Selected publications (.pdf)

"Education Change, Leadership and the Knowledge Society" 
Global e-Schools Initiative (GeSCI)  

Survey of ICT in education in the Caribbean
Volume 1: Regional trends & analysis
Volume 2: Country reports
infoDev 

Using technology to train teachers:
Appropriate uses of ICT for
teacher professional developmen
t
 
infoDev (Mary Burns, co-author)

Project evaluation:
Uganda rural school-based telecenters

World Bank Institute
(Sara Nadel, co-author)

The Educational Object Economy:
Alternatives in authoring &
aggregation of educational software 

Interactive Learning Environments
(Purchase or subscription req'd) 

Development of multimedia resources 
UNESCO (Cesar Nunes, co-author)

Real Access/Real Impact
Teresa Peters & bridges.org
(hosted for reference; RIP TMP) 

« Child soldiers and learning, 2 | Main | School-to-school (and parent-to-parent) networking »
Monday
Feb162009

Mobile phones and math learning in North Carolina

The NY Times reports on research supported by Qualcomm showing that kids using smart phones as part of their math learning posted improved test scores in algebra.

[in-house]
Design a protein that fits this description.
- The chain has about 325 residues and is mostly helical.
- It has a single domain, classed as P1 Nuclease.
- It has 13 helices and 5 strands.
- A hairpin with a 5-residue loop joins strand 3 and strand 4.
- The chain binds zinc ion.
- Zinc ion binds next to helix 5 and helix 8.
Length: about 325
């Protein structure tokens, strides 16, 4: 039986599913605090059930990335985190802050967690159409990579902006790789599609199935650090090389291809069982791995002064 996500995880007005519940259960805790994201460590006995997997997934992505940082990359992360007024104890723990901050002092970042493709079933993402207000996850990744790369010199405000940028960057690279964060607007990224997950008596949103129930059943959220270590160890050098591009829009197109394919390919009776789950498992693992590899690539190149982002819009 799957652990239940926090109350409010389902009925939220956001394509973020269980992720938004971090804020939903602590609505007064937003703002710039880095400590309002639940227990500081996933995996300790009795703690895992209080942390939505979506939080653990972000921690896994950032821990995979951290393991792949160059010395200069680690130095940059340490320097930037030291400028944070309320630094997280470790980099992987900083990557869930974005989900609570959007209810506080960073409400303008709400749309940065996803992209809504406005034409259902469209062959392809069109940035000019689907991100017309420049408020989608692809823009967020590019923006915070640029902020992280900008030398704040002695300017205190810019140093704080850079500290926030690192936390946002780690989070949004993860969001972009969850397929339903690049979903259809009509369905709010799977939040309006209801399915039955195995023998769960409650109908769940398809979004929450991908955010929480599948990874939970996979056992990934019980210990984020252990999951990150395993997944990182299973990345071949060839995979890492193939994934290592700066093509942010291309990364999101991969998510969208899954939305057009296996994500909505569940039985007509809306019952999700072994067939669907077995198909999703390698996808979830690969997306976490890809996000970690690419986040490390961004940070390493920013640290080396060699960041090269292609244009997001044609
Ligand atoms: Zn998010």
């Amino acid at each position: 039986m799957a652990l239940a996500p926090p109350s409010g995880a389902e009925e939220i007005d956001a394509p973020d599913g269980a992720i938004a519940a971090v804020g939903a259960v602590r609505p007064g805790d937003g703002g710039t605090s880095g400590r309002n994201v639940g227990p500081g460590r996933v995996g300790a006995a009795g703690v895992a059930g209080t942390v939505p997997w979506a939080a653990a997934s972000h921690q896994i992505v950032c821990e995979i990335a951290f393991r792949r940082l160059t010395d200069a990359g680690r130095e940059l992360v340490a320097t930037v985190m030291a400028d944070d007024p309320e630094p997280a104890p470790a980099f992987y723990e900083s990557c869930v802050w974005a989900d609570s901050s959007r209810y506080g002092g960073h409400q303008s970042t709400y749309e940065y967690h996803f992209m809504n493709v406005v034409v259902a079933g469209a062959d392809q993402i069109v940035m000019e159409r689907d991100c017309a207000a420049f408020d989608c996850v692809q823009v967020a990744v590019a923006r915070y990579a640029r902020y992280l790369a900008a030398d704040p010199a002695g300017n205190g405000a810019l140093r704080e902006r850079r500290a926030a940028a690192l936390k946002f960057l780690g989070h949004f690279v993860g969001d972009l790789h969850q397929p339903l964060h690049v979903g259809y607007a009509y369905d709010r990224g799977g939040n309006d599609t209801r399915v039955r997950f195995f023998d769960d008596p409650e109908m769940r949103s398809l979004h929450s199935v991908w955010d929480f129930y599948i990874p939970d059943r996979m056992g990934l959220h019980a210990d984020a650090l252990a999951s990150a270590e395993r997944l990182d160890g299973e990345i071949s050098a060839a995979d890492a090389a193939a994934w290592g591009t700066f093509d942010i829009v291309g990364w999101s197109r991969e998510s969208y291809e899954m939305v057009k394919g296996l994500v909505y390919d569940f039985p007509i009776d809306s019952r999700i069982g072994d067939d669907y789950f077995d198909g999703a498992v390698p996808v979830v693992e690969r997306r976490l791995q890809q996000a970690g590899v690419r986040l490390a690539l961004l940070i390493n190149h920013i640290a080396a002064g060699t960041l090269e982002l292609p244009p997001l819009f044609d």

The article also features some points in rebuttal: 

Texting, ringing, vibrating,” said Janet Bass, a spokeswoman for the American Federation of TEa the nation’s second largest teachers’ union. “Cellphones so far haven’t been an educational tool. They’ve been a distraction.”

 

And

Bill Rust, an education and technology analyst at the Gartner Group... said that computers and their larger screens offer a range of teaching opportunities, in addition to helping students to write papers and do research online. “I’d like to see if they can improve writing skills with a cellphone,” he said.

 

But how are the kids using their smart phones? They're recording themselves solving problems and posting the videos to a private social networking site. It's self-reflective, it's focused on the process, not on the solution per se, it's smack-dab in the middle of best-practice math education. (And it's not, at least not necessarily, taking place during class time.) 

Got a problem with that?

 

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